ARTE and the platform Festival Scope are launching the first edition of ARTE Kino Festival, a new, totally free online European film festival.
From September 30 to October 9
will propose 10 new European films in 44 European countries, with 4 subtitles available (French, German, English, Spanish).
ARTE Kino Festival is an innovative event aimed at movie goers and an audience from all over Europe, who wish to discover some of this year’s most original and stimulating European productions.
ARTE Kino Festival is open to all. Our audience – up to 50,000 people – invited to vote for the Nespresso Audience Award will be the only judges of independent European productions which have been identified in the major festivals and international markets.
ARTE Kino Festival aims at giving yet unseen films a greater visibility and a wider distribution all over Europe.
ARTE Kino Festival has selected 10 movies which are representative of the eclectism and the audacity of the new European cinematographic production with films of young, upcoming directors or already well-known filmmakers such as Ulrich Seidl or Philippe Faucon. The Festival does not leave out animated and documentary film (The Girl Without Hands, Safari) while the other selections seem to be essays where the camera travel between dream, fiction and fact (Lost and Beautiful, Happy Times Will Come Soon). A number of films address intimately social issues or European history. Others chose to explore the entire range of love’s desire. Lastly, we underscore the rich inclusion of films from the south of Europe, showcasing the talent of a new generation of filmmakers from Italy, Greece and Portugal.
The Nespresso Audience Award
To take part in the festival, audience members will register on www.artekinofestival.com and reserve one or more tickets after September 12, of the 5 000 available per film. After each viewing, the user award the film a score from 1 to 5.
The Nespresso Audience Award for the film with the best score, will be a 50, 000 € prize to be shared between the filmmaker and the international sales agent, to aid in promoting the film on new territories.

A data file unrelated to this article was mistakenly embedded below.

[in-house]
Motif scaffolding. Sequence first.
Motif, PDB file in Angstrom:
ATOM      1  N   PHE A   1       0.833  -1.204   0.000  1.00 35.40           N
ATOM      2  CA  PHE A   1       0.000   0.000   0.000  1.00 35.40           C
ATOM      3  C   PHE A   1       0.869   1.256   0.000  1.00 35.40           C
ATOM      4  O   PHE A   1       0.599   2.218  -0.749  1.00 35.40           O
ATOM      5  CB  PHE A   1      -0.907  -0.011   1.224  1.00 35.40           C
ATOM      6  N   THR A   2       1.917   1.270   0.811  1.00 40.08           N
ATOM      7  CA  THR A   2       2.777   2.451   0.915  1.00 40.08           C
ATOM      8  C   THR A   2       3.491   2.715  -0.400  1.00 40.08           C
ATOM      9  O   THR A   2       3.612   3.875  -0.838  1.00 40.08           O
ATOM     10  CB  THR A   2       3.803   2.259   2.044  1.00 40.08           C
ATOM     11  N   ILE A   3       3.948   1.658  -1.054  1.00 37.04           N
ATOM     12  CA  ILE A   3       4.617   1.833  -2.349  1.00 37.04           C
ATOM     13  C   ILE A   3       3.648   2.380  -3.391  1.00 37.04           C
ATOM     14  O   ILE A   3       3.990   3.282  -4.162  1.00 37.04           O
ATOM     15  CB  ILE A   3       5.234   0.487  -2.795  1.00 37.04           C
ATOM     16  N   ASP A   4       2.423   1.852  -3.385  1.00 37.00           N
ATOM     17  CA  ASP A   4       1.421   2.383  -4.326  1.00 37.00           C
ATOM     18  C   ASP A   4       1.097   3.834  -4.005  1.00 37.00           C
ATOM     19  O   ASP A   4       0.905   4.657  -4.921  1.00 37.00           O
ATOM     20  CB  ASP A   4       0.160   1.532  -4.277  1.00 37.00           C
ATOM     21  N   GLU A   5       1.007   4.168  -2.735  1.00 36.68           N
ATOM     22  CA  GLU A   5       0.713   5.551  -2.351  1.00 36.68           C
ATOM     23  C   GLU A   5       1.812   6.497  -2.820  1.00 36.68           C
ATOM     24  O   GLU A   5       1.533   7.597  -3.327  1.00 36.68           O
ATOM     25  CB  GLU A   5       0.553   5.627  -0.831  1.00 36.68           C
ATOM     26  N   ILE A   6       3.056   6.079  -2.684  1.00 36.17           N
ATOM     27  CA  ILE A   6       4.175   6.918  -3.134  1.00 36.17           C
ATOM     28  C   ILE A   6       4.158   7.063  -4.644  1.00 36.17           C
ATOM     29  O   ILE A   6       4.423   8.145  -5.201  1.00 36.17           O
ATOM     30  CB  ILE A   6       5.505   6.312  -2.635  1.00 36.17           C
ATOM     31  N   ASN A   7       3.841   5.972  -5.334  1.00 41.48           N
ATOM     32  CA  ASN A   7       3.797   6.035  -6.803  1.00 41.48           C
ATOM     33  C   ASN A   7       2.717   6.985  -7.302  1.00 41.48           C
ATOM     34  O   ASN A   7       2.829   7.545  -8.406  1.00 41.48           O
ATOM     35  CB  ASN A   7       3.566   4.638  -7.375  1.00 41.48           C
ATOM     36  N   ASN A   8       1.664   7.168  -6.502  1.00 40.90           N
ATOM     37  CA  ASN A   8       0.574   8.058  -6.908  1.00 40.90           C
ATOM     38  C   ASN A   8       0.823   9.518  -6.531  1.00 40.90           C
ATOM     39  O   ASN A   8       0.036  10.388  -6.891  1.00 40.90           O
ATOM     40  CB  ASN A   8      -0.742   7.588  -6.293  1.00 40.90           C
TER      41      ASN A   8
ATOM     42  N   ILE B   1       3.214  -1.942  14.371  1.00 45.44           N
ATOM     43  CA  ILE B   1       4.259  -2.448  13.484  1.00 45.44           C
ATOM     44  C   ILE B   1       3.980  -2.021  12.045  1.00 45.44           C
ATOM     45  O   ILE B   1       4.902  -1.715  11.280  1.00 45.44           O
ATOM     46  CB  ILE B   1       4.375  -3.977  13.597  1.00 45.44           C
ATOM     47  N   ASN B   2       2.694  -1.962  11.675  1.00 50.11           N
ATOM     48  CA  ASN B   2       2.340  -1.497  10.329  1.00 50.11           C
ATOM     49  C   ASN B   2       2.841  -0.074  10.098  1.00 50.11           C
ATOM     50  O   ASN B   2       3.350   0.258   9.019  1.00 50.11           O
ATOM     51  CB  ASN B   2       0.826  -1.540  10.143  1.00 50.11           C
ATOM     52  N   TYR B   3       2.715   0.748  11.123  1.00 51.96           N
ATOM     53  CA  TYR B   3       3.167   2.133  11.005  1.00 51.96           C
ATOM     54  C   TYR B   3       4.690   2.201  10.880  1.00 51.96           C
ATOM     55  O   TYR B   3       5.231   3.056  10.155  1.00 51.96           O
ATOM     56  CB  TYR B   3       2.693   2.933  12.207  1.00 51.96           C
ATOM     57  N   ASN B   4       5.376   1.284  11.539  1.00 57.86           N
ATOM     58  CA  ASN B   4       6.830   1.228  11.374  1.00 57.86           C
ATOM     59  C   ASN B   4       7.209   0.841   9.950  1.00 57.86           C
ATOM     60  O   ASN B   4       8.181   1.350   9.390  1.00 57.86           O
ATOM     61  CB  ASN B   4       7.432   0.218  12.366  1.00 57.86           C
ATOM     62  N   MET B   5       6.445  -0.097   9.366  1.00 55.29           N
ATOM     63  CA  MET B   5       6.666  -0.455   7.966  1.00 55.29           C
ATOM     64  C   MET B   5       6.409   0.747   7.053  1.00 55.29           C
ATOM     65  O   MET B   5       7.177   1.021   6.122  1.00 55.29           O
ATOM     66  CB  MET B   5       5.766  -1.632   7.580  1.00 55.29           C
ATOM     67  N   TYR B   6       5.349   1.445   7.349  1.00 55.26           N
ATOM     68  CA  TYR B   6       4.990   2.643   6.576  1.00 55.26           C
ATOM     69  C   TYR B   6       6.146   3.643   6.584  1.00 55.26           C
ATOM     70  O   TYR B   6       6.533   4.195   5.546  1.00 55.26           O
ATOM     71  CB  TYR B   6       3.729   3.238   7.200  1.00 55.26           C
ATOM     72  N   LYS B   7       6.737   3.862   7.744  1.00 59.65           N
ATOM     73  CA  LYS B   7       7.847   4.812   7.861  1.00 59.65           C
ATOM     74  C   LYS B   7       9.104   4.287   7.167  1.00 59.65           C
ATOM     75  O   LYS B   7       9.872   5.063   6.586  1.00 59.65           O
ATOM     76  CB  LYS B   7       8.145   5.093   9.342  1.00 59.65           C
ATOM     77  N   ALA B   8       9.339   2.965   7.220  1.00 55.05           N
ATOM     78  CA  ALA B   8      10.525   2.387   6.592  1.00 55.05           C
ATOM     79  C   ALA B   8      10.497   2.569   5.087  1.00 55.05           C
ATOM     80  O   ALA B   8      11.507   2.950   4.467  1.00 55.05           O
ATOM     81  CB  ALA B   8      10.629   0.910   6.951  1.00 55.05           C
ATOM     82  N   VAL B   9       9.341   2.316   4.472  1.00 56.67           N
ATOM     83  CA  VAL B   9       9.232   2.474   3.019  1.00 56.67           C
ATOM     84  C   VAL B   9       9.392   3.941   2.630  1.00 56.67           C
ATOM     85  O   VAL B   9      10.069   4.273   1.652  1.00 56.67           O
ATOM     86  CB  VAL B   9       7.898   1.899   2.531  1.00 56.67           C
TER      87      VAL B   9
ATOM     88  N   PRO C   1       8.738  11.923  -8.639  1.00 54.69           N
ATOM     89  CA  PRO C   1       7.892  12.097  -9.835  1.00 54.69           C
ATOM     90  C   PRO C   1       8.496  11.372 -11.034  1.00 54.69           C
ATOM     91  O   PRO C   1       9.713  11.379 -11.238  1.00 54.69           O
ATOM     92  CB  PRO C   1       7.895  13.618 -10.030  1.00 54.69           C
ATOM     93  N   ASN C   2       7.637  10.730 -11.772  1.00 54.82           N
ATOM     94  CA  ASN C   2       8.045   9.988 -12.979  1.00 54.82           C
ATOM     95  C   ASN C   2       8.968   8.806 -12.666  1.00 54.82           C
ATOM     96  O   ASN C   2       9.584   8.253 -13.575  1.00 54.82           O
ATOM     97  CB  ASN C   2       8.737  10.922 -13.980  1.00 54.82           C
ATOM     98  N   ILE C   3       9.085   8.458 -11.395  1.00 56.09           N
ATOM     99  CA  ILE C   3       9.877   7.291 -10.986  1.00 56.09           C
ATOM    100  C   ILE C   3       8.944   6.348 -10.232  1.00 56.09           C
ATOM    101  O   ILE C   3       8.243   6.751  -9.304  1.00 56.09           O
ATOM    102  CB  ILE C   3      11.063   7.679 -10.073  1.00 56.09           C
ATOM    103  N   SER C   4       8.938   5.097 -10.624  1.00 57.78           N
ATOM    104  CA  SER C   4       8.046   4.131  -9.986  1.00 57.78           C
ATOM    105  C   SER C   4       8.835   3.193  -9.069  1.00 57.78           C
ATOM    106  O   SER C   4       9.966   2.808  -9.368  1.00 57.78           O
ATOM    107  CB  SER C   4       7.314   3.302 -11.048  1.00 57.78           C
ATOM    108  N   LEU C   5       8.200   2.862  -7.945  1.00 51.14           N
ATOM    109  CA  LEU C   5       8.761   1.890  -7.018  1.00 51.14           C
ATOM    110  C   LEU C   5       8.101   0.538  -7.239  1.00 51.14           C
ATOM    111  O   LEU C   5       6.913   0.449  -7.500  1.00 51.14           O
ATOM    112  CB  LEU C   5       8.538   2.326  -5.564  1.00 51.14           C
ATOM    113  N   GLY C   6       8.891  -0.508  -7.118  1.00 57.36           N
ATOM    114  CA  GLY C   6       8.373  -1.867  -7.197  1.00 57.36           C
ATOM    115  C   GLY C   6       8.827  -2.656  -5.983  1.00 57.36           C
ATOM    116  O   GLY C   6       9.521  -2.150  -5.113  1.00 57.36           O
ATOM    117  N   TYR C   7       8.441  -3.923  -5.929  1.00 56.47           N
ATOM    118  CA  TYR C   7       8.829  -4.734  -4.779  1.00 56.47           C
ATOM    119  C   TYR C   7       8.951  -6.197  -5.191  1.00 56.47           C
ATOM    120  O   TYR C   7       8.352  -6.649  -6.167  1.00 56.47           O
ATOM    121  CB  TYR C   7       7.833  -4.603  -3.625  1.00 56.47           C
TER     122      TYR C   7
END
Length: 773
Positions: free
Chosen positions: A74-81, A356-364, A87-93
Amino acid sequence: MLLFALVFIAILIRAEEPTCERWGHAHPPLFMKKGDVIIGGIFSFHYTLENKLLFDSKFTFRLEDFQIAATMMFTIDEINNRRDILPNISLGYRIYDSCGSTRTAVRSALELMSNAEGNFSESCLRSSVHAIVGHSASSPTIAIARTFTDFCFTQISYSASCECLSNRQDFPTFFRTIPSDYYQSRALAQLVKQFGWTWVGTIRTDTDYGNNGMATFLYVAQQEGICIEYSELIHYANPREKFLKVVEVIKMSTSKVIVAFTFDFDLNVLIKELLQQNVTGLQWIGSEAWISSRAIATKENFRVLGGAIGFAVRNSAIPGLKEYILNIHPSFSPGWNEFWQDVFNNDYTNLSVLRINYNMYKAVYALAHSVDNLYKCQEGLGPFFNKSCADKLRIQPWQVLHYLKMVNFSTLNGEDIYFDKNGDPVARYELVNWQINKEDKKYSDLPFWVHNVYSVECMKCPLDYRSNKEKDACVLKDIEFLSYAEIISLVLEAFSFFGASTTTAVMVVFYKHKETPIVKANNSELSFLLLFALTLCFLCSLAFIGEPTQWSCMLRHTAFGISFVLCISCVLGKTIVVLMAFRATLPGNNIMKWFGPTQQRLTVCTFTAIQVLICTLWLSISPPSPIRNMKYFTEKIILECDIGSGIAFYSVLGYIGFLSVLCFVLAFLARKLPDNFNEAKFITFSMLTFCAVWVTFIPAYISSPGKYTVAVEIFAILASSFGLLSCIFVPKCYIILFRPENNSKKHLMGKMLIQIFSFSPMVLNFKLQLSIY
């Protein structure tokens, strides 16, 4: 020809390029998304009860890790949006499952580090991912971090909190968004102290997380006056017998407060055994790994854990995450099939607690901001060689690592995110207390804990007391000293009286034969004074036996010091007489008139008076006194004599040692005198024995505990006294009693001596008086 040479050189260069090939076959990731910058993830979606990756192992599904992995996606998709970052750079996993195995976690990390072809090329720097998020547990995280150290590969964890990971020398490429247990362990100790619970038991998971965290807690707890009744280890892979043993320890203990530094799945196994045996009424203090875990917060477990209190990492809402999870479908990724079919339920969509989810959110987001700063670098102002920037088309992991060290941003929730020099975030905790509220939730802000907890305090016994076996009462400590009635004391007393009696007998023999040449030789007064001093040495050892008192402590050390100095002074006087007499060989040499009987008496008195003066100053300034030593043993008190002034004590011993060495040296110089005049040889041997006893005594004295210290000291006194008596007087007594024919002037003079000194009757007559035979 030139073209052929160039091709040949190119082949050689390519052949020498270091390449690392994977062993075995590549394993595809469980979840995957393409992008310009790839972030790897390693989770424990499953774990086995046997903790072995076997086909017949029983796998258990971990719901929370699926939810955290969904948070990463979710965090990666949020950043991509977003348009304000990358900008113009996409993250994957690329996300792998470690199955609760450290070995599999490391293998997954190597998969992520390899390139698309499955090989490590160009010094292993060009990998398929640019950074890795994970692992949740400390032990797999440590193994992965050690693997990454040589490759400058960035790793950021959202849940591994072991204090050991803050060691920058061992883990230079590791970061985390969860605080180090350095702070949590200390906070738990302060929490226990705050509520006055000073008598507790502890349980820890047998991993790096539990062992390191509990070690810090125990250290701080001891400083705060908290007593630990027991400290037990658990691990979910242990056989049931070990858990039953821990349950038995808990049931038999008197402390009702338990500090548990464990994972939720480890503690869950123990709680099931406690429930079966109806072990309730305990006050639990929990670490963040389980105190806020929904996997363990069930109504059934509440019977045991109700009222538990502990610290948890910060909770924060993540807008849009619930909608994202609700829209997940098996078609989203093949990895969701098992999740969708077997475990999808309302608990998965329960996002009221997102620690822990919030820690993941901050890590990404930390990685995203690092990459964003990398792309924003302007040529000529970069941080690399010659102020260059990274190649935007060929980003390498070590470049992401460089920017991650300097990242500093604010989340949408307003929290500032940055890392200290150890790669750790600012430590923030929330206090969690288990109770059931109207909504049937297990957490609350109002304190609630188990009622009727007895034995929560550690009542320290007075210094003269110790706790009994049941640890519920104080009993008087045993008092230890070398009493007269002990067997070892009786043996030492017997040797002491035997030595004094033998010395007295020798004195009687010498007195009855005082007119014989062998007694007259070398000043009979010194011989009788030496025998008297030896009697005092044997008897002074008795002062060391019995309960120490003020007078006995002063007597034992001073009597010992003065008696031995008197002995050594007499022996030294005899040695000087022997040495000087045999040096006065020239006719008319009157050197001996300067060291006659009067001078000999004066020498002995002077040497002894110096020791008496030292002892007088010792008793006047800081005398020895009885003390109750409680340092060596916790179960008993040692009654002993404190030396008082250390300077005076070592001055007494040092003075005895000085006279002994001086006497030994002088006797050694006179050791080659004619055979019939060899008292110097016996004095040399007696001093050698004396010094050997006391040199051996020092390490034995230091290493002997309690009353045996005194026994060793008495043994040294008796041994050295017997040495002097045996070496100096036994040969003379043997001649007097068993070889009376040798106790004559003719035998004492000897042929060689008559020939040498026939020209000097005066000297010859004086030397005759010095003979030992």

These 10 films (7 of which premiere in France) were recently selected for and received awards at the most prestigious international festivals (Sundance, Rotterdam, Cannes, Locarno, Venice, Annecy). They now have the chance to be seen by an audience of European film goers eager to discover something new.
Happy Times Will Come Soon by Alessandro Comodin (Italy)
After his remarkable Summer of Giacomo, Happy Times Will Come Soon, selected for a special screening during the most recent Critic’s Week in Cannes, takes place in a magical forest haunted by the ghosts of the last centuries. Comodin’s film gracefully and poetically weaves documentary and fairy tale, mythology and frank account of reality.
Wild by Nicolette Krebitz (Germany)
After encountering a wolf, an awkward young woman assumes a new identity and returns to the wild. This urban story was a Sundance Festival selection.
The Death of Louis XIV by Albert Serra (Spain)
Louis XIV’s long agony lavishly filmed by the talented Catalan filmmaker Albert Serra, starring a regal Jean-Pierre Léaud. Winner of the 2016 Jean-Vigo Prize.
John From by João Nicolau (Portugal)
A fresh tale of teenage summer love in Lisbon… After several beautiful short films, this is João Nicolau’s talent for poetry and music at its best.
A Good Wife de Mirjana Karanović (Serbia)
A middle-aged woman, simultaneously confronts her breast cancer and discover her husband’s terrible wartime past. Sundance Festival 2016.
The Girl Without Hands by Sébastien Laudenbach (France)
This brilliant first animation film adapted from the Grimm Brothers’ tale was discovered this year at the ACID selection in Cannes, and won an award at Annecy Animation Film Festival. In the Middle Ages, a miller sells his daughter to the devil. Protected by her innocence, she manages to escape but loses her hands.
Suntan by Argyris Papadimitropoulos (Greece)
On a hedonistic Greek island, a doctor becomes obsessed with a young tourist when she lets him tag along with her group of hard-partying friends. Opening film – Rotterdam Film Festival 2016.
Fatima by Philippe Faucon (France)
The story of a woman from North Africa and her two daughters and their different cultural approach to coping French society. Philippe Faucon‘s beautiful film was awarded the prestigious Louis-Delluc Prize in 2015, as well as 3 Cesar awards in 2016 including that of Best Film of the year.
Lost and Beautiful by Pietro Marcello (Italy)
The foolish servant Pulcinella is sent from the depths of Mt. Vesuvius to present-day Campania, victim of the looting of the Camorra, to honor the last wishes of the poor shepherd Tommaso: the shepherd’s mission is to save a young buffalo, for which he takes off traveling north through a beautiful and lost Italy. A fable about contemporary Italy, this film is exemplary of the emerging Italian cinema of poetry.